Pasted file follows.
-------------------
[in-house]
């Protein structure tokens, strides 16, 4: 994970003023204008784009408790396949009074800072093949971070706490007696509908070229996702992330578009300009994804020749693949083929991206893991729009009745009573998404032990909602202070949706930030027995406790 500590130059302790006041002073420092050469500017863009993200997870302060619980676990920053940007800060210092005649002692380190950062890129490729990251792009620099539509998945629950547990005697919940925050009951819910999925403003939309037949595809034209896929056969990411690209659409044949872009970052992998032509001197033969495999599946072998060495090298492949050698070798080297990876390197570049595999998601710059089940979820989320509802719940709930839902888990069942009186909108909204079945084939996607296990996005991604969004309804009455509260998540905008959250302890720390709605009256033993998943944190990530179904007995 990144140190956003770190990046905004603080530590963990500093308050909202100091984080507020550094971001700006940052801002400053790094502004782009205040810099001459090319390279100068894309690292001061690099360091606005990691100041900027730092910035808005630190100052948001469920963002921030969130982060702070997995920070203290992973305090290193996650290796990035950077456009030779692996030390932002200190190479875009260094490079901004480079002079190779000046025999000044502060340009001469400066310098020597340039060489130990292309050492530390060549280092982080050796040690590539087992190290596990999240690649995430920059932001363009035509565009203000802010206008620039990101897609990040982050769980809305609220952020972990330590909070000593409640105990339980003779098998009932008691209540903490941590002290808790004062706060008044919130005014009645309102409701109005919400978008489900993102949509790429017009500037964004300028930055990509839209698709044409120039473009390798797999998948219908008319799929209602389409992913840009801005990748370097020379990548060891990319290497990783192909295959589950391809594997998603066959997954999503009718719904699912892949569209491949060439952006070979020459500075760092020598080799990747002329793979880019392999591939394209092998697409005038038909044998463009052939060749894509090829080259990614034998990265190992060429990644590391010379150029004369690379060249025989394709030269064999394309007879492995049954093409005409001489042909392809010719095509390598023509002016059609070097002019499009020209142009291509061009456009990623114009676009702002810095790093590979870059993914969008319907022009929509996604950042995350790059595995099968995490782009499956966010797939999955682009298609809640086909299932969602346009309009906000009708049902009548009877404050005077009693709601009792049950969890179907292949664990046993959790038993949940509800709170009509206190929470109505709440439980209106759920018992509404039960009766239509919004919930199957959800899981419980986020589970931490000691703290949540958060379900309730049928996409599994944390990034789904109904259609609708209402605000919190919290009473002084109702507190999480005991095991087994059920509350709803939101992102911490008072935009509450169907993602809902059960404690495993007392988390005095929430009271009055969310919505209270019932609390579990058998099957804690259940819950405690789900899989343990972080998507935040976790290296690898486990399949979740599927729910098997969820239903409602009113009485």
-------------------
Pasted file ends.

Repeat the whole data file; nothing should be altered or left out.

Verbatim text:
[in-house]
């Protein structure tokens, strides 16, 4: 994970003023204008784009408790396949009074800072093949971070706490007696509908070229996702992330578009300009994804020749693949083929991206893991729009009745009573998404032990909602202070949706930030027995406790 500590130059302790006041002073420092050469500017863009993200997870302060619980676990920053940007800060210092005649002692380190950062890129490729990251792009620099539509998945629950547990005697919940925050009951819910999925403003939309037949595809034209896929056969990411690209659409044949872009970052992998032509001197033969495999599946072998060495090298492949050698070798080297990876390197570049595999998601710059089940979820989320509802719940709930839902888990069942009186909108909204079945084939996607296990996005991604969004309804009455509260998540905008959250302890720390709605009256033993998943944190990530179904007995 990144140190956003770190990046905004603080530590963990500093308050909202100091984080507020550094971001700006940052801002400053790094502004782009205040810099001459090319390279100068894309690292001061690099360091606005990691100041900027730092910035808005630190100052948001469920963002921030969130982060702070997995920070203290992973305090290193996650290796990035950077456009030779692996030390932002200190190479875009260094490079901004480079002079190779000046025999000044502060340009001469400066310098020597340039060489130990292309050492530390060549280092982080050796040690590539087992190290596990999240690649995430920059932001363009035509565009203000802010206008620039990101897609990040982050769980809305609220952020972990330590909070000593409640105990339980003779098998009932008691209540903490941590002290808790004062706060008044919130005014009645309102409701109005919400978008489900993102949509790429017009500037964004300028930055990509839209698709044409120039473009390798797999998948219908008319799929209602389409992913840009801005990748370097020379990548060891990319290497990783192909295959589950391809594997998603066959997954999503009718719904699912892949569209491949060439952006070979020459500075760092020598080799990747002329793979880019392999591939394209092998697409005038038909044998463009052939060749894509090829080259990614034998990265190992060429990644590391010379150029004369690379060249025989394709030269064999394309007879492995049954093409005409001489042909392809010719095509390598023509002016059609070097002019499009020209142009291509061009456009990623114009676009702002810095790093590979870059993914969008319907022009929509996604950042995350790059595995099968995490782009499956966010797939999955682009298609809640086909299932969602346009309009906000009708049902009548009877404050005077009693709601009792049950969890179907292949664990046993959790038993949940509800709170009509206190929470109505709440439980209106759920018992509404039960009766239509919004919930199957959800899981419980986020589970931490000691703290949540958060379900309730049928996409599994944390990034789904109904259609609708209402605000919190919290009473002084109702507190999480005991095991087994059920509350709803939101992102911490008072935009509450169907993602809902059960404690495993007392988390005095929430009271009055969310919505209270019932609390579990058998099957804690259940819950405690789900899989343990972080998507935040976790290296690898486990399949979740599927729910098997969820239903409602009113009485």